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What's Chicago without a little Frank Lloyd Wright?

by LiveModern Webmaster last modified Jan 04, 2012 03:06 AM
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by Edward Lifson ( last modified Oct 01, 2010



Heading west from Chicago, looking for modernity, had to stop at


No, that's Bruce Price in Tuxedo Park, New York (1885/86).

I stopped at

Frank Lloyd Wright's Home and Studio in Oak Park, Illinois - 1889/98.  Restored to its 1909 appearance.

Wright pushes six panes together, lifts the arch above them and all but begins to make a modern ribbon window!

The triangle reminds me of Venturi's post-modern house for his mother, in which he also plays with the windows, and I loved the proto-post-modernism or maybe more mannerism, in Frank Lloyd Wright's Studio, when he stops the posts before they rise up to meet the heavy beams.

How does it all stand up?  Show off!  Between the posts and beams, tranquilly repose, at least now, houseplants, as calm as the magician's girl about to be sawed in two, or the innocent bloke standing unknowingly under a grand piano.  At first you're shocked to see it, then your eyes tell you it will all be alright.  The man in charge here has some talent, indeed, is masterful.  Look up and you'll see chains holding his dome together, a wink in the studio perhaps to architectural history, to the medievalism of H.H. Richardson or even to the Renaissance when Filippo Brunelleschi famously circled chains around the base of the otherwise impossible to construct dome of Florence Cathedral.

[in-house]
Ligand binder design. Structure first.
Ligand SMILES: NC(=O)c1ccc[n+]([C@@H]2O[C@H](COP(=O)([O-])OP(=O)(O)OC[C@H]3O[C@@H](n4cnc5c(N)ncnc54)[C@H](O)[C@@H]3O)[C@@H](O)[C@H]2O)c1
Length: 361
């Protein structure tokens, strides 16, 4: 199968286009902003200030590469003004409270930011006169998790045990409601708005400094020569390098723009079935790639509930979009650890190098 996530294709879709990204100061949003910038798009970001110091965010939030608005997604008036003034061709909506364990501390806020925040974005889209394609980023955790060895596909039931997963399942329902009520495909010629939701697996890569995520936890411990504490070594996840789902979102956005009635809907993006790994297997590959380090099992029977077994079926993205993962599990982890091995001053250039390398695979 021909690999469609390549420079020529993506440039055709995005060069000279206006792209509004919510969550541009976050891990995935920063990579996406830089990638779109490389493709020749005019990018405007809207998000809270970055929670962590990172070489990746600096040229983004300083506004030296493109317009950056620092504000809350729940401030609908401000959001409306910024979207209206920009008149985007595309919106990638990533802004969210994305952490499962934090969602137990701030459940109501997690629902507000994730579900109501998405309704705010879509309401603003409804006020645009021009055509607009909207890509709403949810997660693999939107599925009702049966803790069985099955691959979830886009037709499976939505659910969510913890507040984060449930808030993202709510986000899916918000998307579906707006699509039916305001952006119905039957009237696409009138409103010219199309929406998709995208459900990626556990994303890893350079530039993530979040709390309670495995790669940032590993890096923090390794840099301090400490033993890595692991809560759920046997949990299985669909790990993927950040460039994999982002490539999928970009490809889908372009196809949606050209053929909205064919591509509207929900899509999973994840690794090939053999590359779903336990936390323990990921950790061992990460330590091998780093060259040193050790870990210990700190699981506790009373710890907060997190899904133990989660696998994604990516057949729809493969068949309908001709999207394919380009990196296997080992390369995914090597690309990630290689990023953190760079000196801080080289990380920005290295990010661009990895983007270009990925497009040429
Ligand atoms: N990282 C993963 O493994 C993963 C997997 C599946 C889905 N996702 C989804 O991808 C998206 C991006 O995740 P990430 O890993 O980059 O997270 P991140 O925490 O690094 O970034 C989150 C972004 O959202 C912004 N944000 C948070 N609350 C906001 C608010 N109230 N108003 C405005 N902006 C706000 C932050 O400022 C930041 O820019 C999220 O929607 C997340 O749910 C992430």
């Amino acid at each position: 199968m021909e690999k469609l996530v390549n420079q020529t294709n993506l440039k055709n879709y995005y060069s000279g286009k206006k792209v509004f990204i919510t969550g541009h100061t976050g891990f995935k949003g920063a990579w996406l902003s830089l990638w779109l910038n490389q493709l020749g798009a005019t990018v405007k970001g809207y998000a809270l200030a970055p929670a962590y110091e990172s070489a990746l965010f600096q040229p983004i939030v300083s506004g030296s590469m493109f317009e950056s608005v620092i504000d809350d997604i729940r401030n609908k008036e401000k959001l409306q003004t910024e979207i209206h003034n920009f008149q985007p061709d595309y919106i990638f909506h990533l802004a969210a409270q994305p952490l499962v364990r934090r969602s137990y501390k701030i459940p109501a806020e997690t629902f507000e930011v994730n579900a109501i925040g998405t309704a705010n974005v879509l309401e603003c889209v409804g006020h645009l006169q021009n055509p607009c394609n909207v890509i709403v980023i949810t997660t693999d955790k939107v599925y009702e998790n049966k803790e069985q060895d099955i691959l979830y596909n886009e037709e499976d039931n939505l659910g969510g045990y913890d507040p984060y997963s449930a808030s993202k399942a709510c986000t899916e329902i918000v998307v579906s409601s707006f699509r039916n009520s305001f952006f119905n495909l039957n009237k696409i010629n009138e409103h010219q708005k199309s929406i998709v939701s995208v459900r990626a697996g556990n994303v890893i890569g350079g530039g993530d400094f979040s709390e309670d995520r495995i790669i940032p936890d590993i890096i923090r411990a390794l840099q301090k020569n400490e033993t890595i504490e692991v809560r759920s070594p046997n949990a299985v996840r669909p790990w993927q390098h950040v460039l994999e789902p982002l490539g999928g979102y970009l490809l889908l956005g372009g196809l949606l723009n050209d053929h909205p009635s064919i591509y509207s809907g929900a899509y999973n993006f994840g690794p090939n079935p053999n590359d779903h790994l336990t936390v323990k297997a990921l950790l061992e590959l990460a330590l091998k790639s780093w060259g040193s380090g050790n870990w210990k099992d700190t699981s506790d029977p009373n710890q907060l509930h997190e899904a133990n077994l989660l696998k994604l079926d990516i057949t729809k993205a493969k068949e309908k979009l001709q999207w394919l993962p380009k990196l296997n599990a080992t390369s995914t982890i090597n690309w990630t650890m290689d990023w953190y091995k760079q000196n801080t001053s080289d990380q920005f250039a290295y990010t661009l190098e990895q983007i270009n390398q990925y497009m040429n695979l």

I hadn't been to Wright's place in a while, not since the business and marketing of Frank Lloyd Wright really took off. Sure I'd seen the recent knicknacks and novels, but I didn't realize there's a whole lotta Loving Frank going on.  Is this nostalgia?  People catching up with homegrown American genius?  A new definition of the "Ken Burns effect"?  On this day Italians abound.  I overhear one U.S. couple ask another, "Didn't we see you at Monona yesterday?   (Monona Terrace in Madison, Wisconsin- a post-Wright Wrightian work for all Wright-lovers.)

 At Unity Temple you wander on your own.  Led and conducted by Wright's rigorous, flowing and "musical composition" you absorb this sacred space as you will, pass through it as you like, and as it passes through you.

At the FLW Home and Studio you first enter the gift shop to buy tickets for the tour.  That's a sad sequence of spaces confusing the soul seeking beauty.  Next it's a docent-led tour.  You can't but marvel at the creativity here, the modernity and the genius; that Wright designed in this place Robie House, the Larkin Building and Unity Temple, and that he designed his house in so many ways to instill creativity in the six children he raised here with his wife Catherine.

The docents are well-informed and tell Wright good stories, but I would also appreciate the option of visiting in silence.  Facts can be learned before you enter, on YouTube or a smartphone.  The architecture can only be experienced here; and you've made the effort to physically come here.  Let the architecture do its thing.  If conditions are right and you're quiet and open, architecture can do things to you that nothing else can.

So now I head in the direction indicated by the prow of Wright's Robie House.  As we all do at a certain point in our lives, I head west.




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